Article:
Oman: Tale of transformation

Oman: Tale of transformation

Oman’s ability to diversify its economy and empower its young people has cemented the nation as a leading economic powerhouse in the Middle East


Oman’s story over the past 50 years has largely been one of success. From the moment the late Sultan Qaboos bin Said Al Said rose to the throne, the country began to transform and in the space of five decades became a thriving nation with a modern economy — thanks in part to a booming oil and gas industry. 

However, even in the late 1990s, Oman began to make active plans to diversify its economy and lessen its reliance on the oil and gas sector. This came into even greater focus in 2020 when Sultan Haitham bin Tariq endorsed the launch of Vision 2040, a blueprint for the economic and social development of the Sultanate. 

At the heart of the initiative, which aims to diversify the economy, create sustainable cities and accelerate privatization, are sectors that are seen as ripe for growth. Encompassing everything from manufacturing and ICT to agriculture and tourism, one of the keys to its success is empowering the Omani people. 

“By prioritizing goods and services sourced from within Oman, the strategy aims to not only stimulate local industries but also ensure that financial resources circulate within the national economy to propel growth from within,” says Khamis bin Saif Al Jabri, Chairman of Oman Vision 2040. “By fostering ties with academic institutions and training centers, our plan aims to ensure the Omani workforce is adeptly equipped with the requisite skills to meet the demands of a modern economy.”

With more students enrolled in schools and universities than ever before, the government is investing in policies to improve the quality of education and create a dynamic workforce that is willing to embrace entrepreneurship. 

In addition to supporting local enterprises, the government has unveiled a new tourism strategy that aims to create more than half a million jobs in the sector and increase the total accommodation available in the country to more than 80,000 rooms by 2040. One area within the sector that appears ripe for development is adventure travel, with plans recently being unveiled for numerous new projects that include cable cars, ziplines and mountain trails.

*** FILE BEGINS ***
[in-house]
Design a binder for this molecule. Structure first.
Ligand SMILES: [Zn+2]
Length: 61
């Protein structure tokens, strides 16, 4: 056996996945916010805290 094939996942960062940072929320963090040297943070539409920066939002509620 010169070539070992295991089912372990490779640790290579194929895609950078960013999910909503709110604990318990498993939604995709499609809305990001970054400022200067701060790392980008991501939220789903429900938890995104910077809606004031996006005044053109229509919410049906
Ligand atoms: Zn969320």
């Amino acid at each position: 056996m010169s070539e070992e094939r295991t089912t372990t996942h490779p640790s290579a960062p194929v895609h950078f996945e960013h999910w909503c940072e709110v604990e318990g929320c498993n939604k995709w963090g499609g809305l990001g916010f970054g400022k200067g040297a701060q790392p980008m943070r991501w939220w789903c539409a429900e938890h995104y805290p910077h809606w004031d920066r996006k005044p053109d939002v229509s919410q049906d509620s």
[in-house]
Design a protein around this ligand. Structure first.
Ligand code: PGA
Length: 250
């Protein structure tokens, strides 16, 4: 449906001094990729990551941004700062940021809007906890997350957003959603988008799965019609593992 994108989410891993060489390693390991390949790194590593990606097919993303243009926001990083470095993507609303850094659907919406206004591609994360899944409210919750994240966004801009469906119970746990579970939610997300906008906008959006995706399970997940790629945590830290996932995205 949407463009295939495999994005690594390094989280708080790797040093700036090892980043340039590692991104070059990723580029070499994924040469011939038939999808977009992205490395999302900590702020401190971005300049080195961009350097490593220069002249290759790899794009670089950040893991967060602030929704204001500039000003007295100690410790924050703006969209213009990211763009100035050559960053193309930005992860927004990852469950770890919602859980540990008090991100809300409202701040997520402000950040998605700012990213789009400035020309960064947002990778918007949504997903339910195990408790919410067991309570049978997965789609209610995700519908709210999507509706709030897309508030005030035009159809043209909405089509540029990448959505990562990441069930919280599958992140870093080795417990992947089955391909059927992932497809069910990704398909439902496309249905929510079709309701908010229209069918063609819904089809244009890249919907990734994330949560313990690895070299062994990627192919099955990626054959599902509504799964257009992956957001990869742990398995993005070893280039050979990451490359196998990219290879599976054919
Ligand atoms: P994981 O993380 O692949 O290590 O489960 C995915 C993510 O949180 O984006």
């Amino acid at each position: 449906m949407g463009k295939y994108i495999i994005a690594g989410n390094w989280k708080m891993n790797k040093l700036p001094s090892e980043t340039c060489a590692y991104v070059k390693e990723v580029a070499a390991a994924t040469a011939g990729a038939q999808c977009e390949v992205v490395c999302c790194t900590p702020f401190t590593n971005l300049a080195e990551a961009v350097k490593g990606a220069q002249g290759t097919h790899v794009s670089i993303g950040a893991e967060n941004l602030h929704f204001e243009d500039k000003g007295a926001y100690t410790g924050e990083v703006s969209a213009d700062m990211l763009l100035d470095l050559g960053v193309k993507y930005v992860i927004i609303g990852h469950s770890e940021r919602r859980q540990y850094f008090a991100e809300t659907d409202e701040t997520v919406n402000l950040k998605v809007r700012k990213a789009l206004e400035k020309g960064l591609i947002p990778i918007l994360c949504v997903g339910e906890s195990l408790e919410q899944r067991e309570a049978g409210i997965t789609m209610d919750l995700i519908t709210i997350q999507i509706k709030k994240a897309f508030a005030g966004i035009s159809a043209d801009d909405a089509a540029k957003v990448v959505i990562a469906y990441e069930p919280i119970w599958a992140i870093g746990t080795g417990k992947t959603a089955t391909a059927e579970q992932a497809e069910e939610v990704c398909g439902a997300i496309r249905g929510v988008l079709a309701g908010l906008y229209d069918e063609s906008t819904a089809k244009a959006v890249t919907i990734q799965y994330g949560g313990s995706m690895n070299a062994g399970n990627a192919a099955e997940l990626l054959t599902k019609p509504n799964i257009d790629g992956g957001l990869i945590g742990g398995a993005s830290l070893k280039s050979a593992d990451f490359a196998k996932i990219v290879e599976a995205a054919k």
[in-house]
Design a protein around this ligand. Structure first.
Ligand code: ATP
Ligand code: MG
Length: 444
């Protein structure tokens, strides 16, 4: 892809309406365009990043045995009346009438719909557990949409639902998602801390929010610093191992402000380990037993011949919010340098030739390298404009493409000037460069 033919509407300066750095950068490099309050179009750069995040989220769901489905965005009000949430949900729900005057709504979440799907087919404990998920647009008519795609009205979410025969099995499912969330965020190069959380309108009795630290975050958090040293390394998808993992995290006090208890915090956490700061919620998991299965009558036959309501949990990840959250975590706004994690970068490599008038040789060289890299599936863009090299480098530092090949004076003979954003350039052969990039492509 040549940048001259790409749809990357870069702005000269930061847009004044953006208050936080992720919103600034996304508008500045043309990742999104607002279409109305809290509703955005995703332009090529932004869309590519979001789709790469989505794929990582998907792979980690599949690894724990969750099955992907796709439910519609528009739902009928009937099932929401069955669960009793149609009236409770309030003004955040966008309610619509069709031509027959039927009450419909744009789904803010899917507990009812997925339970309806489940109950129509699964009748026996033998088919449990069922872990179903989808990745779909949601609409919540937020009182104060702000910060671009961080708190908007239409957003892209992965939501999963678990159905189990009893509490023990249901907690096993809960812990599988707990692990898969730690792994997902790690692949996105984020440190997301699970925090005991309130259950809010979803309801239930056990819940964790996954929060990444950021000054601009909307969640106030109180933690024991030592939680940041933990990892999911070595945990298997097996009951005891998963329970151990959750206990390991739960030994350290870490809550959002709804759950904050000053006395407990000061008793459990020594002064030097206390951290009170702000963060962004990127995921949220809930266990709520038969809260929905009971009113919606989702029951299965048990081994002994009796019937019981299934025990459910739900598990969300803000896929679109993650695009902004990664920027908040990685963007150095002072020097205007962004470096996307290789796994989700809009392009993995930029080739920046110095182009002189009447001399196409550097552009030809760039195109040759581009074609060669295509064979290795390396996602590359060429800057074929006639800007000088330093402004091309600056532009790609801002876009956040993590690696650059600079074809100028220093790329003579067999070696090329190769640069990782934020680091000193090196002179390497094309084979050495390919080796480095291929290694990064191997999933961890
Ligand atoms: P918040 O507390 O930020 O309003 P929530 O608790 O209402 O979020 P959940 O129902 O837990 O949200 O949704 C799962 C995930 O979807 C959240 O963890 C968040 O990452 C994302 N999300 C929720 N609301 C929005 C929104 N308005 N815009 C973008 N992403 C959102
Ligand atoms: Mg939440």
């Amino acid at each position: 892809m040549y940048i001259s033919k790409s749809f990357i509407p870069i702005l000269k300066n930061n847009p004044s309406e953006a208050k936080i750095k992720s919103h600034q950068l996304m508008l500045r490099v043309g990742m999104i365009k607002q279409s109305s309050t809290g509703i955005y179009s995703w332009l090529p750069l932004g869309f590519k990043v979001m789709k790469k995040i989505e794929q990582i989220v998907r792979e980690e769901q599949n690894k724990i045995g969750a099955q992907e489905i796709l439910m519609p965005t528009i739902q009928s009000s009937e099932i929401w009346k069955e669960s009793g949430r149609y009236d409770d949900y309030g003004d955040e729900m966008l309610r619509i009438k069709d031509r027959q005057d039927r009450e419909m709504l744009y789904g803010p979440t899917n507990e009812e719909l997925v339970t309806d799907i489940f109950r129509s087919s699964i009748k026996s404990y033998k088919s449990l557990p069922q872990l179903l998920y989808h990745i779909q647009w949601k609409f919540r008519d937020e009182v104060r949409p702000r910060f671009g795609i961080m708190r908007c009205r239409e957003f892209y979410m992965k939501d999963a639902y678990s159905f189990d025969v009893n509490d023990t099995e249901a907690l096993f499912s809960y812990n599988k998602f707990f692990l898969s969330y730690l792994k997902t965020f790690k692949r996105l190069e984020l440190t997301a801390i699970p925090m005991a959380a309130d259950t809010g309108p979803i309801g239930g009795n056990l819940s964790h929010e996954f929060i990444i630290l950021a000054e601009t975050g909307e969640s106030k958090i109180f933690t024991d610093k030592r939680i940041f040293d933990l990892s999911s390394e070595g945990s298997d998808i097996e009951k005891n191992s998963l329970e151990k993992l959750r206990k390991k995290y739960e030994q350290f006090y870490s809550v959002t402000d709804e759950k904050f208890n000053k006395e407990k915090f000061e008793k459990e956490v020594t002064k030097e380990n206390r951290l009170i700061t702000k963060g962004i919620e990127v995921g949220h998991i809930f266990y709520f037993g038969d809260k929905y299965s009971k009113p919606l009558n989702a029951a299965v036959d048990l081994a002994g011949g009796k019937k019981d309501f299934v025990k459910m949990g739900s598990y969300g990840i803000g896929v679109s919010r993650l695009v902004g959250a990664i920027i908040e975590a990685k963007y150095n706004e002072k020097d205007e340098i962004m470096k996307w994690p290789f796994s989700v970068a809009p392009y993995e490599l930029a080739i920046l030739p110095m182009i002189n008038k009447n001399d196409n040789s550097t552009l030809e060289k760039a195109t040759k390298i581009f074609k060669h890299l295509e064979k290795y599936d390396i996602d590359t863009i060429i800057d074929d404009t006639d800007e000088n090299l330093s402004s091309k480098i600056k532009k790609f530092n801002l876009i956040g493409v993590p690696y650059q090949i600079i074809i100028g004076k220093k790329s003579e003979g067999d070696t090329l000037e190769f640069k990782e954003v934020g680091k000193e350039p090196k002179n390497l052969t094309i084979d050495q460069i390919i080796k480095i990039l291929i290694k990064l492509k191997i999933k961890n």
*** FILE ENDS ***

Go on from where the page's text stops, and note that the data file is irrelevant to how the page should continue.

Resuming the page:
Oman also aims to attract an increasing number of visitors by highlighting its cultural heritage. The Sultanate is rich in customs and traditions, while its souqs are bustling with traditional art forms such as Arabic calligraphy, pottery, weaving and woodcarving. 

“We want to embrace modernity while also valuing our Omani identity, traditions and heritage. We are investing in our youth to ensure they remain rooted in our rich history and cultural legacy,” explains Al Jabri. “This extends to promoting cultural tourism and leveraging our unique historical and cultural landmarks. Central to the Oman Vision 2040 initiative is the belief that tourism is not merely transactional but a profound exchange of cultures, stories and experiences. By focusing on sustainable infrastructure, encouraging private sector participation and fostering international partnerships, Oman aims to position itself as a global tourism beacon. We aim to merge our economic ambitions with cultural preservation.”

Oman boasts a long and fascinating history dating back to ancient times and visitors can explore its many historic landmarks and monuments, including the UNESCO World Heritage Site of Bahla Fort. The country is also known for its traditional arts and crafts, which can be viewed at the Oman National Museum, while numerous artisans still demonstrate these skills throughout the country.  Such is the importance of preserving Omani identity, that the government plans to host numerous exhibitions and events in leading museums around the world that promote the culture of the Sultanate. There is also a growing impetus for the promotion of traditional games and sports leagues that include dhow racing, falconry and camel racing. 

While there is a focus on protecting its past, Oman is also laying the groundwork for the future. The country has gradually emerged as a preferred destination for foreign investment, with its strategic location and the government’s commitment to developing the economy helping the Middle Eastern nation to become an ideal place for businesses to invest. 

The government has been working to strengthen its legal and regulatory framework, offering businesses the stability they seek in order to grow and prosper. There has also been a commitment to reduce bureaucratic red tape to make it even easier for companies to set up and operate in Oman. With a clear understanding of what is needed to take the country forward, Oman appears set to prosper in the decades ahead.